Much of what has been written on this blog over the course of the past year or so deals in one way or another with the need to have a financial plan and to use it as the compass for financial decisions. If you’ve read most or all of the posts (thanks, Mom) and haven’t gleaned that in any way, it can’t possibly be because I’m poor at articulating things, it must be your comprehension deficit (this self-serving bias comes up over and over again in the book that spawned this post, but I have chosen, for the sake of my ego, to pretend as though I am not impacted by such cognitive biases). Anyway, getting on with the post, I’m in the process of reading Annie Duke’s book ‘Thinking in Bets’ and it touches on so many topics directly and indirectly related to the world of investing and financial planning that I thought it deserved its own space. (Annie Duke, for those of you who don’t know, is a former poker gold bracelet winner.) There were several relevant topics, a few of which I thought were worth passing along – poker can be far more analogous to life and investing than chess, the illogical grip of relativism and path dependency, and the 10/10/10 strategy for maintaining proper perspective and regret minimization.
You hear over and over again the chess analogy in regards to individual’s decision-making, or the idea that ‘she was playing chess while everyone else was playing checkers’. Beyond being a bit trite at this point, the analogy doesn’t really hold water in the real world. This is because, as Annie points out, unlike in chess where there is such a thing as a correct or incorrect move (that you can at least decipher in hindsight), in poker (and in life or investing) there is no such thing, because there are always unknown variables. Hence, the name of the book, ‘Thinking in Bets’. The point being, as you go through the process of building a portfolio and a plan, it’s important to understand and be sympathetic to more probabilistic decision-making, because outcomes are unknowable – things like your longevity and the impact of the era in which your prime investing years occur (you won’t grasp this fully until you read this paragraph by Nick Maggiulli - As you can see, when you start can have a big impact on your investment results. Yet, this is just the tip of the iceberg. For example, if you had invested from 1960-1980 and beaten the market by 5% each year, you would have made less money than if you had invested from 1980-2000 and underperformed the market by 5% a year.). Unknown events (positive and negative) can occur in spite of your best efforts. This is why I think building in cushions and getting comfortable with ranges of outcomes is so critical – and many times, directly impacts how you feel about yourself and often, your advisor.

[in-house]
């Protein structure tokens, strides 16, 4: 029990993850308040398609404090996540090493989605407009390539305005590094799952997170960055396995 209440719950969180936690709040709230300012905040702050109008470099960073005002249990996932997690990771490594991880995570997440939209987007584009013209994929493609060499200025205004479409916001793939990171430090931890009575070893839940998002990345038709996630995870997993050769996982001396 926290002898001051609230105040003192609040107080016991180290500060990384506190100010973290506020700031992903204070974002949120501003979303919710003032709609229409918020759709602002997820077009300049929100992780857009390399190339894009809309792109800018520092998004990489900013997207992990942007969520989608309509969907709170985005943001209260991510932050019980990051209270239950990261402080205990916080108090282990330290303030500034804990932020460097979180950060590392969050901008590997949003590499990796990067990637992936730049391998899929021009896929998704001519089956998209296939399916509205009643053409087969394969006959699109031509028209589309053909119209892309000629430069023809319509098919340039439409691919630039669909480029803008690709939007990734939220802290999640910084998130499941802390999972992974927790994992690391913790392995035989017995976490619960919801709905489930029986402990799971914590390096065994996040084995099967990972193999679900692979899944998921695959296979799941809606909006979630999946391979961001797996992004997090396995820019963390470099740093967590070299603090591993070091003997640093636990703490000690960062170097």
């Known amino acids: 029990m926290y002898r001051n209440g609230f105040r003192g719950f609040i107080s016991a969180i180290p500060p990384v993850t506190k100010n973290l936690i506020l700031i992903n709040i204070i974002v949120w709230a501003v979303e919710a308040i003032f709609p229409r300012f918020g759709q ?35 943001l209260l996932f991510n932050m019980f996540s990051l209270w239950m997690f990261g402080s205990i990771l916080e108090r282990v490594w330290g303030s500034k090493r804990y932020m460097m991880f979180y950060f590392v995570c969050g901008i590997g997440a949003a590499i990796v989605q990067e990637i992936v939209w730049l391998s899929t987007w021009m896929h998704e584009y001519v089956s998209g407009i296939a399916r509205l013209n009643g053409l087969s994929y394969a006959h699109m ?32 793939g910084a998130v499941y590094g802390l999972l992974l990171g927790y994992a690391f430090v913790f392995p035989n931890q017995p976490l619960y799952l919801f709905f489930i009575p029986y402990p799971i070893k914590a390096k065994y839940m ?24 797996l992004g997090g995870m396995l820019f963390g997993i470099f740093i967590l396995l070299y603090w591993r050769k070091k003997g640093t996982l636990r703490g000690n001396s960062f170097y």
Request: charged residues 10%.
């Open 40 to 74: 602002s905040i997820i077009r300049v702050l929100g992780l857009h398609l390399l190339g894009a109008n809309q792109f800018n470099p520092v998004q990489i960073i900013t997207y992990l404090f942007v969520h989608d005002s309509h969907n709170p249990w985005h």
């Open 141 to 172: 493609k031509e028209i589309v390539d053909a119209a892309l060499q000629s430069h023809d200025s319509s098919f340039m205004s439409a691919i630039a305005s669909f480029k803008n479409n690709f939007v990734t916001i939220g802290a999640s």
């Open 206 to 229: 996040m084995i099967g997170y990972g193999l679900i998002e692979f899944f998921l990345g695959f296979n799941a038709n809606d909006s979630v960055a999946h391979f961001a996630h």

Beyond poker, although often explained through that lens in her book, she also talks about the trap of relativism and path dependency and the inherent flaws in thinking that these concepts lead us to. Take relativism for example – she points to a study where individuals were asked if they’d rather make $70,000 today or in the early 1900s and the majority of respondents chose the early 1900s. While this might make sense in the context that, on a relative basis, that was a lot more money then than it is now, it also discounts the fact that life expectancies at the time were decades shorter and making considerably more than anyone else still wouldn’t have gotten you decent health care or a handheld computer, the likes of which no one could imagine a century ago, or maybe even plumbing. Or take path dependency (this ties closely with the loss aversion we discussed in a previous post) – you go out gambling one night and get a hot hand, winning $2000, only to give it all back and end the night up $100 versus losing $2000 and clawing back to end the night down $100. Which makes you feel better? For most, it would be the latter, but how illogical is it to be more pleased with losing $100 than making that much? That’s path dependency and both relativism and path dependency are common enemies of happiness and compliance when it comes to investment and financial planning.